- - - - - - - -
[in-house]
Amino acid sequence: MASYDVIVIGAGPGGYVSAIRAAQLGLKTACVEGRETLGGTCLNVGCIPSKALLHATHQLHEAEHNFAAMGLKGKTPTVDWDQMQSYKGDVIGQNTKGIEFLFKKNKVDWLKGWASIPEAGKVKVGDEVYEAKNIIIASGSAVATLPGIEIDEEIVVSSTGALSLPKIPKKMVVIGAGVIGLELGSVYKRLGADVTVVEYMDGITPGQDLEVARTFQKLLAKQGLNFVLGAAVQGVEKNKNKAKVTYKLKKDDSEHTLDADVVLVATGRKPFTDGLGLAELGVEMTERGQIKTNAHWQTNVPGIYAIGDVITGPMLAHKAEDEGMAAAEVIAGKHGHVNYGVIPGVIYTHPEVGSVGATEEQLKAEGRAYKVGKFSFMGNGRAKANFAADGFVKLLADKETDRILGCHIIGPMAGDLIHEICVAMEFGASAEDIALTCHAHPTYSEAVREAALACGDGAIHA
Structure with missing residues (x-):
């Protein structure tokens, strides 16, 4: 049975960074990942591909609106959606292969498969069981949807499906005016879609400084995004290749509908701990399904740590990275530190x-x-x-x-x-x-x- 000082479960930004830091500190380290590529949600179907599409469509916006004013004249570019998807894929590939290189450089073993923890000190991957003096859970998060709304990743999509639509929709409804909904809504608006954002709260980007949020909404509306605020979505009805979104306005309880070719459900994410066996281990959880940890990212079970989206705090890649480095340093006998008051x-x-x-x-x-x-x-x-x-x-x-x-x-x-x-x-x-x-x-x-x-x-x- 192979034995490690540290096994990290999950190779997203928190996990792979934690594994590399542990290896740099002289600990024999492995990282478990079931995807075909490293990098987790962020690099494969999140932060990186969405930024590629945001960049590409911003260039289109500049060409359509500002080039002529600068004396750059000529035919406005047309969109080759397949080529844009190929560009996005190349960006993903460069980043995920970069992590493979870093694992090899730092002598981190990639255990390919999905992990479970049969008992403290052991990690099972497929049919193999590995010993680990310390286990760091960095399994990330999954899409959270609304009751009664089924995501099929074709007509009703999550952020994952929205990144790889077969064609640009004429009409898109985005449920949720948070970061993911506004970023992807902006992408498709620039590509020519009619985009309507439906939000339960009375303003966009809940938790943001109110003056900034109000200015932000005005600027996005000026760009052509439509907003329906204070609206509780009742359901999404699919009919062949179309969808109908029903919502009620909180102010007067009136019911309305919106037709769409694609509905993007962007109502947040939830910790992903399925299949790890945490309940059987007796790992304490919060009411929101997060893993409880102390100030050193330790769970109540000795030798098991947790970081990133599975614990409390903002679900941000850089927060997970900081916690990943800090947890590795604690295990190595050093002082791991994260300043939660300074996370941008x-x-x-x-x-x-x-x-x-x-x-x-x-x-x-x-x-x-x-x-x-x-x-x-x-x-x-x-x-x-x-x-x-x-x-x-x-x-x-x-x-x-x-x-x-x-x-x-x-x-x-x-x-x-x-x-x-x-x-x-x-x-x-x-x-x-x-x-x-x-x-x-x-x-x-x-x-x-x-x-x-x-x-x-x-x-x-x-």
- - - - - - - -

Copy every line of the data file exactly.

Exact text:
[in-house]
Amino acid sequence: MASYDVIVIGAGPGGYVSAIRAAQLGLKTACVEGRETLGGTCLNVGCIPSKALLHATHQLHEAEHNFAAMGLKGKTPTVDWDQMQSYKGDVIGQNTKGIEFLFKKNKVDWLKGWASIPEAGKVKVGDEVYEAKNIIIASGSAVATLPGIEIDEEIVVSSTGALSLPKIPKKMVVIGAGVIGLELGSVYKRLGADVTVVEYMDGITPGQDLEVARTFQKLLAKQGLNFVLGAAVQGVEKNKNKAKVTYKLKKDDSEHTLDADVVLVATGRKPFTDGLGLAELGVEMTERGQIKTNAHWQTNVPGIYAIGDVITGPMLAHKAEDEGMAAAEVIAGKHGHVNYGVIPGVIYTHPEVGSVGATEEQLKAEGRAYKVGKFSFMGNGRAKANFAADGFVKLLADKETDRILGCHIIGPMAGDLIHEICVAMEFGASAEDIALTCHAHPTYSEAVREAALACGDGAIHA
Structure with missing residues (x-):
């Protein structure tokens, strides 16, 4: 049975960074990942591909609106959606292969498969069981949807499906005016879609400084995004290749509908701990399904740590990275530190x-x-x-x-x-x-x- 000082479960930004830091500190380290590529949600179907599409469509916006004013004249570019998807894929590939290189450089073993923890000190991957003096859970998060709304990743999509639509929709409804909904809504608006954002709260980007949020909404509306605020979505009805979104306005309880070719459900994410066996281990959880940890990212079970989206705090890649480095340093006998008051x-x-x-x-x-x-x-x-x-x-x-x-x-x-x-x-x-x-x-x-x-x-x- 192979034995490690540290096994990290999950190779997203928190996990792979934690594994590399542990290896740099002289600990024999492995990282478990079931995807075909490293990098987790962020690099494969999140932060990186969405930024590629945001960049590409911003260039289109500049060409359509500002080039002529600068004396750059000529035919406005047309969109080759397949080529844009190929560009996005190349960006993903460069980043995920970069992590493979870093694992090899730092002598981190990639255990390919999905992990479970049969008992403290052991990690099972497929049919193999590995010993680990310390286990760091960095399994990330999954899409959270609304009751009664089924995501099929074709007509009703999550952020994952929205990144790889077969064609640009004429009409898109985005449920949720948070970061993911506004970023992807902006992408498709620039590509020519009619985009309507439906939000339960009375303003966009809940938790943001109110003056900034109000200015932000005005600027996005000026760009052509439509907003329906204070609206509780009742359901999404699919009919062949179309969808109908029903919502009620909180102010007067009136019911309305919106037709769409694609509905993007962007109502947040939830910790992903399925299949790890945490309940059987007796790992304490919060009411929101997060893993409880102390100030050193330790769970109540000795030798098991947790970081990133599975614990409390903002679900941000850089927060997970900081916690990943800090947890590795604690295990190595050093002082791991994260300043939660300074996370941008x-x-x-x-x-x-x-x-x-x-x-x-x-x-x-x-x-x-x-x-x-x-x-x-x-x-x-x-x-x-x-x-x-x-x-x-x-x-x-x-x-x-x-x-x-x-x-x-x-x-x-x-x-x-x-x-x-x-x-x-x-x-x-x-x-x-x-x-x-x-x-x-x-x-x-x-x-x-x-x-x-x-x-x-x-x-x-x-």